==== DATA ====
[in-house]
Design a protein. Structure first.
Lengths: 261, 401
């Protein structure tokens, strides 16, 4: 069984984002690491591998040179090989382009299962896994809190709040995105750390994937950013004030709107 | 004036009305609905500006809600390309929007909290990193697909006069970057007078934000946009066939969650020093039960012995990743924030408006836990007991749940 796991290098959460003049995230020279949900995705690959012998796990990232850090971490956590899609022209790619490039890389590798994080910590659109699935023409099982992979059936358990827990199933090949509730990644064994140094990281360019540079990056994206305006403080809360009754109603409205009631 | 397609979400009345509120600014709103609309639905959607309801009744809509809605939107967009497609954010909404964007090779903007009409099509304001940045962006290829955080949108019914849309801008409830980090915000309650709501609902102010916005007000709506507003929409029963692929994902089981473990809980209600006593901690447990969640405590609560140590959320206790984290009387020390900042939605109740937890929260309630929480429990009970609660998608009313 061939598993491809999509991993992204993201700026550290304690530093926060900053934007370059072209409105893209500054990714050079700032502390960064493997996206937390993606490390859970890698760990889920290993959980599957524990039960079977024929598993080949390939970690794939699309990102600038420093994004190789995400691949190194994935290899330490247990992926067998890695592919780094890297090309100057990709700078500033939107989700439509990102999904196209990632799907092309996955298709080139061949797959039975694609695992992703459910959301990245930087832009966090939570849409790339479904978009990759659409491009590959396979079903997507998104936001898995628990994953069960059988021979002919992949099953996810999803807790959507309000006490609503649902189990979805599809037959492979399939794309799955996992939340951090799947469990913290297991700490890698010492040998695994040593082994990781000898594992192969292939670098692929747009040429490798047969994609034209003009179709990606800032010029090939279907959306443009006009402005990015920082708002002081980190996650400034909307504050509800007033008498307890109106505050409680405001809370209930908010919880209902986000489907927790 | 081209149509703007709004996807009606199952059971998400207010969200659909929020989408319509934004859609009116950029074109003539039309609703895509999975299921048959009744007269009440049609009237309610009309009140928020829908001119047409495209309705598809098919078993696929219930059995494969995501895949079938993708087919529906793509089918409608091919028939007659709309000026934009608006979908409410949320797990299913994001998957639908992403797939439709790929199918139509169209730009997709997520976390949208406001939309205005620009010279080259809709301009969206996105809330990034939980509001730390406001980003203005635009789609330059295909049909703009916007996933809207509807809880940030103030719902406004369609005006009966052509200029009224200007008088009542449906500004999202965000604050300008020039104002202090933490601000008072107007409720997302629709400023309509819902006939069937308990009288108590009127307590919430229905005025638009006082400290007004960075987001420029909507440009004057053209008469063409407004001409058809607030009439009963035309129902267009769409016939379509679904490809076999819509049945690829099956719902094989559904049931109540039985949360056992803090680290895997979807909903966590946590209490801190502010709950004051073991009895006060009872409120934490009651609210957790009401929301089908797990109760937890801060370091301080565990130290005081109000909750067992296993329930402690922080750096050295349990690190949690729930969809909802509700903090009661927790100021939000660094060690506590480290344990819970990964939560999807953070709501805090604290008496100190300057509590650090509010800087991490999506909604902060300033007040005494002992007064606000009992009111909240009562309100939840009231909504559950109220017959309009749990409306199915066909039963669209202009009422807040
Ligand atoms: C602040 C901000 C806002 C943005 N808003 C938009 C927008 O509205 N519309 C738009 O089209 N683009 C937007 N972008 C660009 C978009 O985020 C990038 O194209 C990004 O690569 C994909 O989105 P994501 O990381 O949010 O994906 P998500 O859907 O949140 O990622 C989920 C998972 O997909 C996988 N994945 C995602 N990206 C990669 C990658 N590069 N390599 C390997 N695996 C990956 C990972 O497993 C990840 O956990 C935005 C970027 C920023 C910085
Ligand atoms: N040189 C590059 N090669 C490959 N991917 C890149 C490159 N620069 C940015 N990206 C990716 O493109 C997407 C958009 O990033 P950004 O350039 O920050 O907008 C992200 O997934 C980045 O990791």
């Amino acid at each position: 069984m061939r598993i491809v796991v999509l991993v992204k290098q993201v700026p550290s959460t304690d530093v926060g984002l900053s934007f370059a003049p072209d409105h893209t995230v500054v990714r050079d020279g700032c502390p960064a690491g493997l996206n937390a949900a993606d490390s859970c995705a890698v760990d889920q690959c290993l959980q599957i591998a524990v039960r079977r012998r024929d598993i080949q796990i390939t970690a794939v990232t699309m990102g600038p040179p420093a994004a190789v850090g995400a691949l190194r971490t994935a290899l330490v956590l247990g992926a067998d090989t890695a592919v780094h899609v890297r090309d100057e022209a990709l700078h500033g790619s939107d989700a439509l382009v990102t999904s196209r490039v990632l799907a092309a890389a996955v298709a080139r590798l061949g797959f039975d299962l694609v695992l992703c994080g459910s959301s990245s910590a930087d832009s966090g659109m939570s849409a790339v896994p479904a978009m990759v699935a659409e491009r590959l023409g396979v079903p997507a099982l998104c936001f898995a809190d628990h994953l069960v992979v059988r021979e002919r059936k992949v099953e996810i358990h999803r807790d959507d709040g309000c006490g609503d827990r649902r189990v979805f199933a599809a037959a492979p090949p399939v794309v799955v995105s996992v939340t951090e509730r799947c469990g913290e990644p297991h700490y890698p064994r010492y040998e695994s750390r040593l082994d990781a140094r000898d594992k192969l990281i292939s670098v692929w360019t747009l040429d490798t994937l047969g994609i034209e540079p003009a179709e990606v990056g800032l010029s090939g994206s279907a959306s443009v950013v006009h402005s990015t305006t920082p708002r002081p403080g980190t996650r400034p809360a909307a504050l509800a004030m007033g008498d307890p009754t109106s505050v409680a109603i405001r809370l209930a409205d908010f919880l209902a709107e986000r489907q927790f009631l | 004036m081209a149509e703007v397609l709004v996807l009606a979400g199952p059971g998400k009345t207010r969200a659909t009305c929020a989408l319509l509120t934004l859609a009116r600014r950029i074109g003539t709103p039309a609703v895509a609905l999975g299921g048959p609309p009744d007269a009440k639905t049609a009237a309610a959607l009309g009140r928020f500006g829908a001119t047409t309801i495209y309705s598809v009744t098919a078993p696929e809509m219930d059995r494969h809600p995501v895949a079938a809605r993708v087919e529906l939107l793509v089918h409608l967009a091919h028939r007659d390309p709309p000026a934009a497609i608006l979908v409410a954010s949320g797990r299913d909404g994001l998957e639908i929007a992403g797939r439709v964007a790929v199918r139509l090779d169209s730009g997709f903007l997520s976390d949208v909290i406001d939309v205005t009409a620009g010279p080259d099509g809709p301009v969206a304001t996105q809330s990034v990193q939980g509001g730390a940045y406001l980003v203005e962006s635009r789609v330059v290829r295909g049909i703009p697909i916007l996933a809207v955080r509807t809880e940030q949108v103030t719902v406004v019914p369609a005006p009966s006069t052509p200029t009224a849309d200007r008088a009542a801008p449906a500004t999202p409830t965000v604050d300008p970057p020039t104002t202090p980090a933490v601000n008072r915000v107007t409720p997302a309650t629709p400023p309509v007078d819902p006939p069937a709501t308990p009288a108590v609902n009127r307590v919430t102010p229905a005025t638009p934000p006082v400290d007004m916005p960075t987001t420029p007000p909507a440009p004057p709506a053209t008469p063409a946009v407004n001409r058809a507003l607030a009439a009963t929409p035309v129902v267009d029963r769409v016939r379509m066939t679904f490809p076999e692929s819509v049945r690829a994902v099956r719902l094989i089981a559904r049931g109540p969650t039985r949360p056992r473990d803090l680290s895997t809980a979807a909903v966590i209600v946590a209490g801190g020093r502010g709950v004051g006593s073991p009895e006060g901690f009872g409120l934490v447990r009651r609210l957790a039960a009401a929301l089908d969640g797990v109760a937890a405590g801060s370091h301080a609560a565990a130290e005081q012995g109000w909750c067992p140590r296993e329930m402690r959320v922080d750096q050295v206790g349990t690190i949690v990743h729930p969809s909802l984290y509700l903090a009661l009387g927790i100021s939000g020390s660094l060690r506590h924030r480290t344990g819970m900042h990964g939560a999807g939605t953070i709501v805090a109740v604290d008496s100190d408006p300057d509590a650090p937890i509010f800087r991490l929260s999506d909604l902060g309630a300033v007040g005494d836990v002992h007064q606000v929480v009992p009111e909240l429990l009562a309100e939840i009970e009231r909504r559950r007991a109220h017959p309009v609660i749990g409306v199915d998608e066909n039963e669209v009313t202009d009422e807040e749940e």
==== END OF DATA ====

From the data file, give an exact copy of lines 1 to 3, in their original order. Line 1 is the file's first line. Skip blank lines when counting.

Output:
[in-house]
Design a protein. Structure first.
Lengths: 261, 401